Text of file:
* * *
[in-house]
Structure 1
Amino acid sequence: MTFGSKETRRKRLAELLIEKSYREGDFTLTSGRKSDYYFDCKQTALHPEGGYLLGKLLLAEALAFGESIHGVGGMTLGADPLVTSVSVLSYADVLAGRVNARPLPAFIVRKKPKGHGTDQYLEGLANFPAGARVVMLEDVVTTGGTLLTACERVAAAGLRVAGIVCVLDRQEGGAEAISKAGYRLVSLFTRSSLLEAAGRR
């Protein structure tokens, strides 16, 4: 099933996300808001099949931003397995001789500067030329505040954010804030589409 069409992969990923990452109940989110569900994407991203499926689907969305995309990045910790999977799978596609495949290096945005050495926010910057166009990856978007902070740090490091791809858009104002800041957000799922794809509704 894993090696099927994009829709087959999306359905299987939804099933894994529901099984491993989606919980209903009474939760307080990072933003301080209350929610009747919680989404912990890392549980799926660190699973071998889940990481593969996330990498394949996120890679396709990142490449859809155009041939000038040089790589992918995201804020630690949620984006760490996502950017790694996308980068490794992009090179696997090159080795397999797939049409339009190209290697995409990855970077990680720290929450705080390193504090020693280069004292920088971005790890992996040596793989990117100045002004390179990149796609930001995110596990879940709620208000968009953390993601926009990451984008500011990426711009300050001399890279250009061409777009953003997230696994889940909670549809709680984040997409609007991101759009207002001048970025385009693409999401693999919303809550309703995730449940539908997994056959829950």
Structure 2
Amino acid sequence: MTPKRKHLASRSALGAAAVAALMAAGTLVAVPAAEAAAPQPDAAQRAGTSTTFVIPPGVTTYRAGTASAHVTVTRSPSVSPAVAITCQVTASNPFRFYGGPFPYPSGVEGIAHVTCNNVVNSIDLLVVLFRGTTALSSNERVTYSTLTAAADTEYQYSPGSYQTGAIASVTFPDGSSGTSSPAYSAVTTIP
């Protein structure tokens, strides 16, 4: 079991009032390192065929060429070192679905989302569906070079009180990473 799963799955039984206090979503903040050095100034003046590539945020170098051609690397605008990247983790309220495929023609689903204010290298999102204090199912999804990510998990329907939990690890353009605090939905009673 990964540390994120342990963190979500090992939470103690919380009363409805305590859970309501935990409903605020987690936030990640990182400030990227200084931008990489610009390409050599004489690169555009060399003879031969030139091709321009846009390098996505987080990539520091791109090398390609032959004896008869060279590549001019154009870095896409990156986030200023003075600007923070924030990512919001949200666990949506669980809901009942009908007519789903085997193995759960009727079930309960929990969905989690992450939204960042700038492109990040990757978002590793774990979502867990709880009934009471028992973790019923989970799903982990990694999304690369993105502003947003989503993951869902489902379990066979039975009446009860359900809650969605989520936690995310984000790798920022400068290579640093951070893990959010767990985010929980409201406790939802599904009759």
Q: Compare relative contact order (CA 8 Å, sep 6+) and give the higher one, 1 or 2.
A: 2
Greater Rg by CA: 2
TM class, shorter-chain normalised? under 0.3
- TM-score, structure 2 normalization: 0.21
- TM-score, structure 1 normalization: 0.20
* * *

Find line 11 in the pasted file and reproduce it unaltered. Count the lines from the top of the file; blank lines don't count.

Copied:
TM class, shorter-chain normalised? under 0.3